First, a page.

Speaking of stability, we cannot ignore some developments and processes at broader international level that bring about new challenges to wider region but also affect each of our citizens. Abandoning multilateralism, UK Brexit, the rise of right-wing group and populism and overall radicalization of the political scene, terrorism persisting despite the defeat of the so-called “Islamic State” and migration are just some of the warnings reminding us of the need that Europe and European Union should grow stronger and unite in order to achieve common interests in the continent and beyond. When it comes to migration, we have to be aware of the crisis which is recurring, of course, not with the same intensity, but with new flows, routes and challenges. Even if it doesn’t affect Serbia directly again, we are ready to continue our constructive cooperation and work together with all of you on solving this common problem.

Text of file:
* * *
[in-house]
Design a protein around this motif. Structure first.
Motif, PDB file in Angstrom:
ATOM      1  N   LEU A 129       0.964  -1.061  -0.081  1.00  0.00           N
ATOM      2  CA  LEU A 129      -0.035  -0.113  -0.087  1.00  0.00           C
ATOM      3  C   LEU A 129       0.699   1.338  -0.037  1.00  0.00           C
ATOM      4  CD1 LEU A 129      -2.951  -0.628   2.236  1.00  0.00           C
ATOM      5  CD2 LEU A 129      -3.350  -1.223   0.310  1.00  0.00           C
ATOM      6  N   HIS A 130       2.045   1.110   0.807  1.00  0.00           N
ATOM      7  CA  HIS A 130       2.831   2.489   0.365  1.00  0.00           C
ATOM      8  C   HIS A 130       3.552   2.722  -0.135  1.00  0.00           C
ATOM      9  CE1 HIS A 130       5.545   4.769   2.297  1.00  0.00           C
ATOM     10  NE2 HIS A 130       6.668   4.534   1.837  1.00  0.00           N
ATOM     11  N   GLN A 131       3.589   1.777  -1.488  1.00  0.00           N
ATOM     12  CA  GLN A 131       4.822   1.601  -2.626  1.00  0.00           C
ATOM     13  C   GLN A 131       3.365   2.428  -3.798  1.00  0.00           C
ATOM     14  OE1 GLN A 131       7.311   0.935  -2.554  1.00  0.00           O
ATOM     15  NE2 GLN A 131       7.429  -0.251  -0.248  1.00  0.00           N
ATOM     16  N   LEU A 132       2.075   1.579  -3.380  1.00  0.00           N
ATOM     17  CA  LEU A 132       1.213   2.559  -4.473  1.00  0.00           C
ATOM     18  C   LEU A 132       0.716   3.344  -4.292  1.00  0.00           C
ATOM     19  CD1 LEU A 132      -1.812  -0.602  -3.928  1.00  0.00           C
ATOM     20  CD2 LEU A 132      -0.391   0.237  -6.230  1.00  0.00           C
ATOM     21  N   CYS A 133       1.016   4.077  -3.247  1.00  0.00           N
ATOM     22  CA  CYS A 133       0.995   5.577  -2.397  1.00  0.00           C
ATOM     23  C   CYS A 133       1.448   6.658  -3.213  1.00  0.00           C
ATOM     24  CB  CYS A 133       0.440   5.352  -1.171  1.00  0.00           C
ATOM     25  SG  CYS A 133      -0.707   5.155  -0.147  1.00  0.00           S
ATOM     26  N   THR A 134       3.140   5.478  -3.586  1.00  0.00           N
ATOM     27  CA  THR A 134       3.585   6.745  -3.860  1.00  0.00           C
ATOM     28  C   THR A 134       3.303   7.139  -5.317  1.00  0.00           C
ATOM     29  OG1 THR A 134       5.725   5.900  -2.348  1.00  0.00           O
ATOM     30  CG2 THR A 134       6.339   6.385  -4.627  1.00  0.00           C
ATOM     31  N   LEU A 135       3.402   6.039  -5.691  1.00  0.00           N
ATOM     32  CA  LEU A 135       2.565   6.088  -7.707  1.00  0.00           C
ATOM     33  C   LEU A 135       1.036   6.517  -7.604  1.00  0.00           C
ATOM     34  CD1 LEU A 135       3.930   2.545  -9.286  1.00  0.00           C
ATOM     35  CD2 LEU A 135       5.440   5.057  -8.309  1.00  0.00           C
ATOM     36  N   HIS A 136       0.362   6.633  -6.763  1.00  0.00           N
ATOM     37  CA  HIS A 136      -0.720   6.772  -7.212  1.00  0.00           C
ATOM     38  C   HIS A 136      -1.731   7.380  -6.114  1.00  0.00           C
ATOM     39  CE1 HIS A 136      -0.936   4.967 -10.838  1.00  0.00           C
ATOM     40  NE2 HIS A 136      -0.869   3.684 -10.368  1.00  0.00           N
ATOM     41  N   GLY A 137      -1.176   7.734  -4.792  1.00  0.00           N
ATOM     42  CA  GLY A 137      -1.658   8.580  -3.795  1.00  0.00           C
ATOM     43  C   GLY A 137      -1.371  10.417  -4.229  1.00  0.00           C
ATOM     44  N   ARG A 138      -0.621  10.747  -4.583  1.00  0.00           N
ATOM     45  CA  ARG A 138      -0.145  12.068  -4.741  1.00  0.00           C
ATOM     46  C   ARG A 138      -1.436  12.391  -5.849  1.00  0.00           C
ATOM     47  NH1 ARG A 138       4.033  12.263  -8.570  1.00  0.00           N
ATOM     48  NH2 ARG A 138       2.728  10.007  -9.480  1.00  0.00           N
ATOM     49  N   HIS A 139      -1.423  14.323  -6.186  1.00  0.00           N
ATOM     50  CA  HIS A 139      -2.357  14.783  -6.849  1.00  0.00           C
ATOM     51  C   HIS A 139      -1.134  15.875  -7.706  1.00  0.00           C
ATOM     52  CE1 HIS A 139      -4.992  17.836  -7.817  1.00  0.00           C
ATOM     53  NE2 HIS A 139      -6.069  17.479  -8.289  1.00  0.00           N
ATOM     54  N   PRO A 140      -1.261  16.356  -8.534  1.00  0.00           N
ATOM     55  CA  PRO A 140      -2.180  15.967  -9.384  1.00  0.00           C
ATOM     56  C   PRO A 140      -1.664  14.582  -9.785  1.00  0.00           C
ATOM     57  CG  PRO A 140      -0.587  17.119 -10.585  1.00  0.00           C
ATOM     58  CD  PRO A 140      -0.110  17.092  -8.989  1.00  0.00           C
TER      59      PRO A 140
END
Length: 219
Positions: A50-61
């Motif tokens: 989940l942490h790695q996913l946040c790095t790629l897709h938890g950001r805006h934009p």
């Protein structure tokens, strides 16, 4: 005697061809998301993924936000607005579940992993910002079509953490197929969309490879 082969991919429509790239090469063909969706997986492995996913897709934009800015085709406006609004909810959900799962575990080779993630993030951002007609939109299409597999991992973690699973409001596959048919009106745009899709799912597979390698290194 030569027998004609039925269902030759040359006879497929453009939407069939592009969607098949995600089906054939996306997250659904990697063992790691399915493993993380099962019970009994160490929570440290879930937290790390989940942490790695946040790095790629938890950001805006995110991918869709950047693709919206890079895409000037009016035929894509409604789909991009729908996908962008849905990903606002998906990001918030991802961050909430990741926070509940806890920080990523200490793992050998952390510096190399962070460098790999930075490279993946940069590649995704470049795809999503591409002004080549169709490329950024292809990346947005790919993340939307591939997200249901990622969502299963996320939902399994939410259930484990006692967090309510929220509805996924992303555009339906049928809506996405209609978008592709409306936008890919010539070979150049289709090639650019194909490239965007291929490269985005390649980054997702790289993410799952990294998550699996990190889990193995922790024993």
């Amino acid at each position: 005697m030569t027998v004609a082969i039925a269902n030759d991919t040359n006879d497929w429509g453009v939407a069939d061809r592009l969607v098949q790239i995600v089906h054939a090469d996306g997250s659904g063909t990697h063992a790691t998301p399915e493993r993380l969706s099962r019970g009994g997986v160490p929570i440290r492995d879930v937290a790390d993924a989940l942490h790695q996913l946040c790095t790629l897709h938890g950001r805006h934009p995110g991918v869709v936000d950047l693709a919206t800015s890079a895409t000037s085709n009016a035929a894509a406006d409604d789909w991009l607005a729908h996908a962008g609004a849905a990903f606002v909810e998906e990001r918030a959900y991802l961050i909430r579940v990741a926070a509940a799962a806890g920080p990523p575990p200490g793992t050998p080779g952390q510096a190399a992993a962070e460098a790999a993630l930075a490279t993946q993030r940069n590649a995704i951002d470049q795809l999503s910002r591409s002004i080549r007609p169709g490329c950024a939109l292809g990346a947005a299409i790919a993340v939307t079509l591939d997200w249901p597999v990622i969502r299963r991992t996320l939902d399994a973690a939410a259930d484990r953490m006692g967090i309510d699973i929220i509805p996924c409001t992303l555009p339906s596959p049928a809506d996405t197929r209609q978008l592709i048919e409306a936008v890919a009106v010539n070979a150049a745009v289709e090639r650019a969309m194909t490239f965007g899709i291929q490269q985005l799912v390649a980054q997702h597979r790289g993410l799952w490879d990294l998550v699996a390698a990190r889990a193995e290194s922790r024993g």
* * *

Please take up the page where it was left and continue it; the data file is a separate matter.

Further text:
Ladies and Gentlemen,
Let me repeat – CEI represents a “bridge” between the EU members and those countries perceiving EU membership as their goal. The membership of this regional initiative which is a framework for confidence-building and faster EU integration, is of great importance to Serbia in view of current EU accession negotiations.
As one of the oldest regional initiatives on the European continent, bringing together 18 States, CEI is a regional initiative that by its experience and respect may add a significant additional value to the connectivity process among European macro-regions. In that sense, I note with pleasure the importance of efforts invested to this end.